# Probability density of $Y = bX+c$ is $f_Y(x) = \frac{1}{b}f_X(\frac{x-c}{b})$ for $b>0$

We know that if $$Y = bX+c$$ where $$b>0$$, its density function with respect to $$f_X$$ (density of $$X$$) is: $$f_Y(x) = \frac{1}{b}f_X(\frac{x-c}{b})$$. Now how can I get the density of $$Y$$ when $$b<0$$?

Following the same approach as for case $$b>0$$, I got ($$F_Y$$ is the cumulative distribution function of $$Y$$):

$$F_Y(x) = P(Y\leq x) = P(bX+c\leq x) = (\text{since b<0}) =\\ P(X \geq \frac{x-c}{b}) = 1 - P(X< \frac{x-c}{b})=1 - P(X\leq \frac{x-c}{b})=\\ 1 - \int_{-\infty}^{\frac{x-c}{b}}f_X(\xi)d\xi=1 - \int_{-\infty}^{x}\frac{1}{b}f_X(\frac{t-c}{b})dt$$

If only I could write the last expression as the integral of something, then I could get $$f_Y$$.

Update: As pointed out in the comments, the last part should be $$1-\int_{\infty}^x \frac{1}{b}f_X(\frac{t-c}{b})dt$$.

Solution: I think I got it. We have $$P(X\geq \frac{x-c}{b}) = \int_{\frac{x-c}{b}}^\infty f_X(\xi)d\xi = \text{(using \xi = (t-c)/b and reversing the limits)}=\int_{-\infty}^x -\frac{1}{b} f_X(\frac{t-c}{b})dt$$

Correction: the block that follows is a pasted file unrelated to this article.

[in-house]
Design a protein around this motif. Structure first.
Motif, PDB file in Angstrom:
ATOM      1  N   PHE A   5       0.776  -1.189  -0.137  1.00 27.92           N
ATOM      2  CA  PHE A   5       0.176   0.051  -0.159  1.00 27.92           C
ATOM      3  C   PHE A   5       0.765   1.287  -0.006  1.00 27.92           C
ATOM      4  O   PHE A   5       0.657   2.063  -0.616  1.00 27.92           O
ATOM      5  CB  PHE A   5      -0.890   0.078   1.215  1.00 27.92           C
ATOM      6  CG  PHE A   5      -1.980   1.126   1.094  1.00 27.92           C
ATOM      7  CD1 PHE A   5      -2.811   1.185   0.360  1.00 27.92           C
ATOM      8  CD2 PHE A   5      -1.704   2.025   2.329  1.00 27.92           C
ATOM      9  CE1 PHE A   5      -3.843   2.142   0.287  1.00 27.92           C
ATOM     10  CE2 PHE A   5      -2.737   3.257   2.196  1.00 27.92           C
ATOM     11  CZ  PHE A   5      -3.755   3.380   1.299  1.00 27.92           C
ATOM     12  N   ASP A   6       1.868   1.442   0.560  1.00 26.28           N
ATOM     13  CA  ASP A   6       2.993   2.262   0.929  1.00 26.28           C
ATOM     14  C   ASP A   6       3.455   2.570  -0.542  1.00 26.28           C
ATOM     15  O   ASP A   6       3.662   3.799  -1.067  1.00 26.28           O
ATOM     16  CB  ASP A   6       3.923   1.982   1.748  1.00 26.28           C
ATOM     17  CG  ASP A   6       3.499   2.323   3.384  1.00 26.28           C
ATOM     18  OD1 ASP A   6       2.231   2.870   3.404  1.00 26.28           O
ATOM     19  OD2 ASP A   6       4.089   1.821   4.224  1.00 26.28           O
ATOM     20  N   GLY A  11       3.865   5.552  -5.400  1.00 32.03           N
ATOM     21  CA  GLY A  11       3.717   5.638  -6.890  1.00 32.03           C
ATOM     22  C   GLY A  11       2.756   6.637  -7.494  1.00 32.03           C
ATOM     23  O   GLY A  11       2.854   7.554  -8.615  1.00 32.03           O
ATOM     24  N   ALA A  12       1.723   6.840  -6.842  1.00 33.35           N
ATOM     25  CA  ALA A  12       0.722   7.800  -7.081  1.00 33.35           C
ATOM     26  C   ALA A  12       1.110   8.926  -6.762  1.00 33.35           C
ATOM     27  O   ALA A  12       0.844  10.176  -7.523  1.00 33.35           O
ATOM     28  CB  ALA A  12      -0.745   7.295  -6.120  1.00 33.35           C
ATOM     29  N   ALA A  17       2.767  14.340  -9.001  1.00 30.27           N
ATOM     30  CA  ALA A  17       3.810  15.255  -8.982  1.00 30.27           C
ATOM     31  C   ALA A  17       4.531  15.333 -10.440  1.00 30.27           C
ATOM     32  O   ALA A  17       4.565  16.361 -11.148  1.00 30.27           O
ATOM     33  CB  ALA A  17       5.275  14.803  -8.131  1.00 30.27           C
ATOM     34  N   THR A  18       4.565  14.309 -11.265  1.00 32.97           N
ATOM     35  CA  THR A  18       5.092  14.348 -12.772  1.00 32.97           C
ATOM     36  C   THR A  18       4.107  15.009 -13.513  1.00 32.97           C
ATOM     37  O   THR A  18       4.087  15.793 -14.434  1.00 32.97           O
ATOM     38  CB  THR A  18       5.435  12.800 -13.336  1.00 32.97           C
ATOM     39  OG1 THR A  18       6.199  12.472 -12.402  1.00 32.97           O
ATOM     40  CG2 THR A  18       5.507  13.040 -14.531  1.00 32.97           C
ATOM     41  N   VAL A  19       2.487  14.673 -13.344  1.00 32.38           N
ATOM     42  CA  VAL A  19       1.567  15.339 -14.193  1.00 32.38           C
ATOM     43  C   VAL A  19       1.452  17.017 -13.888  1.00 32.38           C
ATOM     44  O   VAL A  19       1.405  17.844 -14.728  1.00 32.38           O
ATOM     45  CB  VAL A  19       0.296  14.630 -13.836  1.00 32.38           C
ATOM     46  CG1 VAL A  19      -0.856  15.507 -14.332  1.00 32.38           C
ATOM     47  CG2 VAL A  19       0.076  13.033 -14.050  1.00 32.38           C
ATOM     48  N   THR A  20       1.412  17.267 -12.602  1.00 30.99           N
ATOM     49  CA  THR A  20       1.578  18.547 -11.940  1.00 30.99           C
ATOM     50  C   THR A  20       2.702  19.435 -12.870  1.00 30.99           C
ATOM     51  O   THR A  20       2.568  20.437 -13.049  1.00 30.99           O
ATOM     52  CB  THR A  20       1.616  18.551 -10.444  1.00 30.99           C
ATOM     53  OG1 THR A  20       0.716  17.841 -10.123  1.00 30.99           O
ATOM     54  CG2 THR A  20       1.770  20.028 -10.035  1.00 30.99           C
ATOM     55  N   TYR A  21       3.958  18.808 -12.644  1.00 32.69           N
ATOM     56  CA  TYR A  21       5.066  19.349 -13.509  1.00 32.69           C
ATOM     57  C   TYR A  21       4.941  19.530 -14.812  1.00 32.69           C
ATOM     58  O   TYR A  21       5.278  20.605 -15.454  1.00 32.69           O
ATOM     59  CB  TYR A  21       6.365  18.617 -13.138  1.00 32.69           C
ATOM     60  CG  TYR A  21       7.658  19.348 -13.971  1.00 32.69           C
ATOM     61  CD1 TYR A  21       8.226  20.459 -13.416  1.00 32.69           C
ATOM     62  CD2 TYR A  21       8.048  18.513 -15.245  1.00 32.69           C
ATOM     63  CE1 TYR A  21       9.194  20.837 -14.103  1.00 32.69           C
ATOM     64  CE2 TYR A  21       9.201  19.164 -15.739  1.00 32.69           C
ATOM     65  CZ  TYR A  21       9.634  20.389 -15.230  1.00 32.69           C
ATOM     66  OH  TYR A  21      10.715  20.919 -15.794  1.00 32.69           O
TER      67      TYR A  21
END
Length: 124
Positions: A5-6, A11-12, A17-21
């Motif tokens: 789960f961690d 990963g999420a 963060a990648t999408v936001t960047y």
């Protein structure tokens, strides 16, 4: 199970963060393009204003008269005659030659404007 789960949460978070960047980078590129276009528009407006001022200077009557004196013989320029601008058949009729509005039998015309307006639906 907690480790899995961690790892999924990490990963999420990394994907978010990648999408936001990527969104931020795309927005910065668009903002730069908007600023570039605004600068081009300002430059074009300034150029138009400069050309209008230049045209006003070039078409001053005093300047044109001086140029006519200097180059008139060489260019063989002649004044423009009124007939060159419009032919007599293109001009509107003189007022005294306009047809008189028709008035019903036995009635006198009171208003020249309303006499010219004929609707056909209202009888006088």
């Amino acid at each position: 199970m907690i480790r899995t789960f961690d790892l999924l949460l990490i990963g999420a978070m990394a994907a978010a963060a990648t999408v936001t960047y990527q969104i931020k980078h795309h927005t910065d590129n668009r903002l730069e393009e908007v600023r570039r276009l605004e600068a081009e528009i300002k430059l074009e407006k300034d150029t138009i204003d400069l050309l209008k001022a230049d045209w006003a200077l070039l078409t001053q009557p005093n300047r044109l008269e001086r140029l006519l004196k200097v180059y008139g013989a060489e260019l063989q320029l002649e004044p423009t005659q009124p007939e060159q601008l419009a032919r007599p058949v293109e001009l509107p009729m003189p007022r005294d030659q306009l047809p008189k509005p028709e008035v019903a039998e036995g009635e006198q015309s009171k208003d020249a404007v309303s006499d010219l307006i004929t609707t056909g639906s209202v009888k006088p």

So $$f_Y(x) = -\frac{1}{b} f_X(\frac{x-c}{b})$$. Note: the expression is positive since $$b<0$$.

• The last = sign is wrong since the change of variable $\xi=(t-c)/b$ transforms the integral on $\xi<(x-c)/b$ into an integral on $t>x$, not $t<x$. – Did Sep 3 '16 at 20:02
• You're right. I will fix it. – Michael Sep 3 '16 at 21:04

$$P(X\geq \frac{x-c}{b}) = \int_{\frac{x-c}{b}}^\infty f_X(\xi)d\xi = \text{(using \xi = (t-c)/b and reversing the limits)}=\int_{-\infty}^x -\frac{1}{b} f_X(\frac{t-c}{b})dt$$
So $$f_Y(x) = -\frac{1}{b} f_X(\frac{x-c}{b})$$.
Note: the expression is positive since $$b<0$$.